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Is another suspension of gender pay gap reporting a good thing?

Since 2017 any employers with a headcount of 250 employees or more must report and publish information about their gender pay gap. Due to the impact of the Covid-19 pandemic, the Government Equalities Office (GEO) and the Equality and Human Rights Commission suspended enforcement of the gender pay gap reporting deadlines for 2019-20 in March last year.

Intended to be a one-off to help businesses deal with the fall out of the pandemic, On 14 December 2020, the GEO published new guidance giving step by step instructions on how to make each of the required gender pay gap calculations, so it looked like it was all systems go for the 20-21 reports

However, in the last few days, the Government has cast doubt on whether it will be requiring gender pay gap reporting to go ahead this year.

In a BBC news report on Tuesday 9 February, Gillian Keegan MP, Minister for Apprenticeships and Skills, confirmed that while it would be “encouraging” employers to continue filing their gender pay gap reports, enforcement for not submitting forms is now unlikely. On the same day, The Guardian quoted the Government as saying that gender pay gap reporting is “under review” again.

So it looks like another 11th-hour reprieve for businesses having to submit their gender pay reports, but should businesses really be breathing a sigh of relief?

It’s been widely reported that the pandemic is having a disproportionate effect on women; if you’re one for awkwardly shoe-horning words together, then you might be joining in with calling it a ‘shecession’.  Another year of no mandatory gender pay gap reporting is another year of many companies not acknowledging the reality of their gender pay gap and not taking steps to address it. It’s another year of companies not being held accountable, just when women might need it most.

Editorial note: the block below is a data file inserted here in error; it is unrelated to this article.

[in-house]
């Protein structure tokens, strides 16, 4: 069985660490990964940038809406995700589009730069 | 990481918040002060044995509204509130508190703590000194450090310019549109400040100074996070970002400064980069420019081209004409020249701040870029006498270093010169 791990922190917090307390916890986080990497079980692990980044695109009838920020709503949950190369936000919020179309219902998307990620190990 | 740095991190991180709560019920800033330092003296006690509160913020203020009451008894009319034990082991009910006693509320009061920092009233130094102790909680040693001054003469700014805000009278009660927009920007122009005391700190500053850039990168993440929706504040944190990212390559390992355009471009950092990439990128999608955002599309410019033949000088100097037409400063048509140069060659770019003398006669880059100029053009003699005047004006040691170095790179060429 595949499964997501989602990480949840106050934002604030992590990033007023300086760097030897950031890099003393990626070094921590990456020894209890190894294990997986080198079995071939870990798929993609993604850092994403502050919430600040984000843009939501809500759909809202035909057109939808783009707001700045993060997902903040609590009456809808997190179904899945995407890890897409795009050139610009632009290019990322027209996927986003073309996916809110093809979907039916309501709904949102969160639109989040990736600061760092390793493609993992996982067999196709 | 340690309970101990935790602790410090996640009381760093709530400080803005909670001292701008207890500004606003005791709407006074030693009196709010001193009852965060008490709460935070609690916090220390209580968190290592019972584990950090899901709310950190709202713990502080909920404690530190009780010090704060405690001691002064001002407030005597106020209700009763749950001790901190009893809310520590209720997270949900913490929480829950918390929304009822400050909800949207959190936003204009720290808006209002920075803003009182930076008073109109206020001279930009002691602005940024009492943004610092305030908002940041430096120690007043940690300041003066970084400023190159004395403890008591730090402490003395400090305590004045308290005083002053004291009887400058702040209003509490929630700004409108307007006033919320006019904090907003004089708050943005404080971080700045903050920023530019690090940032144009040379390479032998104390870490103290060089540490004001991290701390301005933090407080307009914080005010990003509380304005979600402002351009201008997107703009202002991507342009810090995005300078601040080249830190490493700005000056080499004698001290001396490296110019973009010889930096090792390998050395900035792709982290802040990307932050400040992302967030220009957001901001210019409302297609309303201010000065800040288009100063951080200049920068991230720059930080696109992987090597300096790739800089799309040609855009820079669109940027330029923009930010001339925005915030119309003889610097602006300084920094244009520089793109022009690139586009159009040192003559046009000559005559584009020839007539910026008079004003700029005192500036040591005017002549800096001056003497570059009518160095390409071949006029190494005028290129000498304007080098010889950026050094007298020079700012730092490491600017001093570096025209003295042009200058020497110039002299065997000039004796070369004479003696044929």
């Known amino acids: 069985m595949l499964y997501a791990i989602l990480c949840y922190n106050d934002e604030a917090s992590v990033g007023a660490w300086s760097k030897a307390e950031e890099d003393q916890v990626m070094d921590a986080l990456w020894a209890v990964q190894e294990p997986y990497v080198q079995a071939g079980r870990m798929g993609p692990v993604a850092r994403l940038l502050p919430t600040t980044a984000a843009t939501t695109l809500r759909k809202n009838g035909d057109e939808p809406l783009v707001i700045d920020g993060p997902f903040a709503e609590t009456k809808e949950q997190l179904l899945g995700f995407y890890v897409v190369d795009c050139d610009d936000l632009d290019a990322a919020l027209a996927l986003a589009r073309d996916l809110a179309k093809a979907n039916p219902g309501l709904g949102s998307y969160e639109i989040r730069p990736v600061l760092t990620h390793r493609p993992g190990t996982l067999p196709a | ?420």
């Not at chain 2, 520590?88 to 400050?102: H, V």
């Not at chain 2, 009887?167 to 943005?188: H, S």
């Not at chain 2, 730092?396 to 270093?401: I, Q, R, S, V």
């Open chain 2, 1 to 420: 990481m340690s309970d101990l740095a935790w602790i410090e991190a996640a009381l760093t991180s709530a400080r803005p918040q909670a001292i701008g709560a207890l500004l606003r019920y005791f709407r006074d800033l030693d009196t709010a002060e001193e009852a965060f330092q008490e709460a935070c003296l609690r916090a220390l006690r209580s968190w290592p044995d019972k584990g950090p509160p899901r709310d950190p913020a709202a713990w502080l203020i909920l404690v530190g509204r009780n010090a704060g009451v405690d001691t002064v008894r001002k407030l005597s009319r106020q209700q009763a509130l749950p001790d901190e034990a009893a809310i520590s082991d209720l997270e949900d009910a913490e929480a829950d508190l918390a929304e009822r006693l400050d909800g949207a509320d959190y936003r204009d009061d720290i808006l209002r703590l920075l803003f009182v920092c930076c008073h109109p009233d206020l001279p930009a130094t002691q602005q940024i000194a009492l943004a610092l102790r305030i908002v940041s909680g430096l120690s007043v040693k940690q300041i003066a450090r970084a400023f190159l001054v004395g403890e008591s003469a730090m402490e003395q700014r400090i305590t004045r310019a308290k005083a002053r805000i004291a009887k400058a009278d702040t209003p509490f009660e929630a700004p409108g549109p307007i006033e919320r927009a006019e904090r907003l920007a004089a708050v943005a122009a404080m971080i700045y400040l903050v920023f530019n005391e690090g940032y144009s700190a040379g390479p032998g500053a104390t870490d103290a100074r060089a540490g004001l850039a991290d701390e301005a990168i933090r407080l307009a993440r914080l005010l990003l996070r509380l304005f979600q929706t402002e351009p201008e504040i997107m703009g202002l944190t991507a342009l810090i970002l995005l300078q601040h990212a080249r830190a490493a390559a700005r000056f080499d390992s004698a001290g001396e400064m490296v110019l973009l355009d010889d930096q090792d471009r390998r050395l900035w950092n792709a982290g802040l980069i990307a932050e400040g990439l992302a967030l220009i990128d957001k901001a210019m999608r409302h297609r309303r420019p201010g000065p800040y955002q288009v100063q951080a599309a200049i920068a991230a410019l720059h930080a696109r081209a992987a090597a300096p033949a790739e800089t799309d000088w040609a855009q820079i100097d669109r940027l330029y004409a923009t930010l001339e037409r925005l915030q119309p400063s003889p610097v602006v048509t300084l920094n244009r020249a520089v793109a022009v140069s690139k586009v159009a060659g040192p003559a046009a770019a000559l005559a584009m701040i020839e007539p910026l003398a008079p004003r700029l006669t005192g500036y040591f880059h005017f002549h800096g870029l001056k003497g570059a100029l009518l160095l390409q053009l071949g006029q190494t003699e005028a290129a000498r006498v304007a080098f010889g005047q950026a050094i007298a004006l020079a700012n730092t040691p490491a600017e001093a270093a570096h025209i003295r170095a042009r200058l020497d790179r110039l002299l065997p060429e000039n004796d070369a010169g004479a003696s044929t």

The Women and Equalities Committee recently released a report on the economic impact coronavirus has had on women, finding that the Government’s policies in response to the pandemic overlooked the inequalities women faced in the labour market and when it came to caring responsibilities. It found that for many women, existing equality problems had only got worse.

The picture is the same further afield. A survey carried out in North America found that one in four women were thinking about reducing or leaving paid work due to the pandemic, citing company inflexibility, caring responsibilities and stress. The survey highlighted the gender gap for parents; while 8% of surveyed mothers had thought about going from full- to part-time work, only 2% of fathers had. Globally, women’s job losses due to Covid-19 are 1.8 times greater than men’s.

Gender disparity is a complex issue, and not one that will be resolved through gender pay gap reporting alone. However, preparing a gender pay gap report, with a narrative and an action plan to tackle the gap, helps businesses identify disparities within their organisation and target their resources more efficiently. It shows your workforce that you are committed to supporting them and tackling inequality, which boosts morale and helps retain your employees. It could also help to recruit staff, with a recent survey showing that employees of all genders seek out more socially-conscious employment.

We are starting to encourage businesses to look to the future and how life might look once we get some semblance of normality back. Undoubtedly, gender equality should be on the agenda of any sustainable business.

Don’t hesitate to contact us at legal@lexleyton.co.uk for a free consultation to understand your gender pay gap reporting obligations better or discuss how we can help develop your strategies to an equal and diverse culture fit for the future.

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